WASHINGTON, July 3, 2012 – Jobs and economic recovery, along with support for reforms to give citizens more voice and make government more transparent and accountable, will be the overall focus of World Bank activity in Tunisia for the next two years. The new approach announced today is designed to assist Tunisia as it manages a crucial stage in its political transition.
“With a constitution to write and a new social compact to reach, Tunisia is at a critical historical juncture,” said Simon Gray, World Bank Country Director for the Maghreb. “Our goal is to help Tunisia create the right environment for this process, by addressing an immediate need to get the economy going again so that it can create jobs for Tunisian citizens, no matter what part of the country they live in.”
The Interim Strategy Note (ISN), which was discussed by the World Bank Board of Directors today, was prepared jointly with the International Finance Corporation (IFC), and with the participation of the Multilateral Investment Guarantee Agency. It was informed by extensive consultation with interim authorities, civil society organizations, youth and women’s groups, and the private sector.
The ISN will guide World Bank Group engagement during the period in which the constituent assembly draws up a constitution and organizes elections. A full Country Partnership Strategy will be developed after the elections, to ensure that the programs it underpins are fully aligned with the priorities of the new government. As a temporary instrument, the ISN provides the flexibility that will allow the Bank to adjust its strategy to meet new requests and changing circumstances in a rapidly evolving environment.
“We welcome the excellent partnership that we forged with government, civil society, private sector and other stakeholders in the design of this innovative strategy to help Tunisia lay the necessary foundations for job creation and private sector led growth,” said Eileen Murray, the World Bank’s Resident Representative for Tunisia. “Tunisia is poised to meet the challenges that it faces and the World Bank will do its best to support the country as it charts a new path.”
The ISN will focus on three main areas of support. The first aimed at laying the foundation for renewed sustainable growth and job creation. Related programs will be geared toward restoring investor confidence in the short term and boosting private sector activity over the longer term. The second is the promotion of social and economic inclusion by improving access to basic services for underserved communities and improving the efficiency of social safety net programs. The third will focus on strengthening governance through improved access to public information as the basis for increased social accountability and transparency.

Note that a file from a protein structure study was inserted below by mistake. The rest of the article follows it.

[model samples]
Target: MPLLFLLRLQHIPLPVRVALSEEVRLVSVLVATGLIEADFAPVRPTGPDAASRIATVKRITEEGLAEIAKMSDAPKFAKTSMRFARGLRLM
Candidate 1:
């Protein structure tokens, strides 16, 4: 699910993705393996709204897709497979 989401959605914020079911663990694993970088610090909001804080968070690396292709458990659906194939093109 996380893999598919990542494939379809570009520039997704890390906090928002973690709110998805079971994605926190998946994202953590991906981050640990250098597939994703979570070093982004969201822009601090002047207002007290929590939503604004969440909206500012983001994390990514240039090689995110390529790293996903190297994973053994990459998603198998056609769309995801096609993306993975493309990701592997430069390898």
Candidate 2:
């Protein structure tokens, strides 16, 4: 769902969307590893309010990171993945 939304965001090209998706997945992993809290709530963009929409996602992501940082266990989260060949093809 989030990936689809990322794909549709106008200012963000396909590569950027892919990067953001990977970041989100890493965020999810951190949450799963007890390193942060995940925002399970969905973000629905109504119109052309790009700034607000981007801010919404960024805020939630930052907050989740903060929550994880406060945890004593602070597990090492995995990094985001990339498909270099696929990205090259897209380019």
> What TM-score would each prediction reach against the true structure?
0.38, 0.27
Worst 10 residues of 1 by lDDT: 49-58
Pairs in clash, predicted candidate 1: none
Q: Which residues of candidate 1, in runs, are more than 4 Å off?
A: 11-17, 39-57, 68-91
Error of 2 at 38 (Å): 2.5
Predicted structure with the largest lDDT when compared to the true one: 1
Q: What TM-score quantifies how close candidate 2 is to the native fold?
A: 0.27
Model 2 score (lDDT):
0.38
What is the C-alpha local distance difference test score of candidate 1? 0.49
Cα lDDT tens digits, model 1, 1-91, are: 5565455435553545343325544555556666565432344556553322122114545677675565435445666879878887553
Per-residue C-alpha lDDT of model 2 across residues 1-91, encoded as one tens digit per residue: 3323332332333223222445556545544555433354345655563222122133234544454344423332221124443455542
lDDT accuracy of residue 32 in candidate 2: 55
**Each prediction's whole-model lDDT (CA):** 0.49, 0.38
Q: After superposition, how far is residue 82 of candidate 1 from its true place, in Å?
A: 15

A priority that will cut across all three areas, and which will be integrated into all Bank programs, is to maintain and advance the role of Tunisian women throughout the political transition. Continued outreach remains a priority too. The extensive consultation done in the preparation of the ISN and the diverse range of relationships established will be built upon in the months ahead in engagement with new stakeholders.
“IFC has increased its engagement, played a catalytic role in supporting Tunisia’s private sector since January 2011 and has established a presence for the first time in Tunis. We expect to maintain this positive trend during the ISN period,” said Mouayed Makhlouf the IFC Regional Director for Middle East and North Africa.
The newly announced ISN replaces the 2010-2013 Country Partnership Strategy, which needed to be reframed to meet the needs of post-revolutionary Tunisia.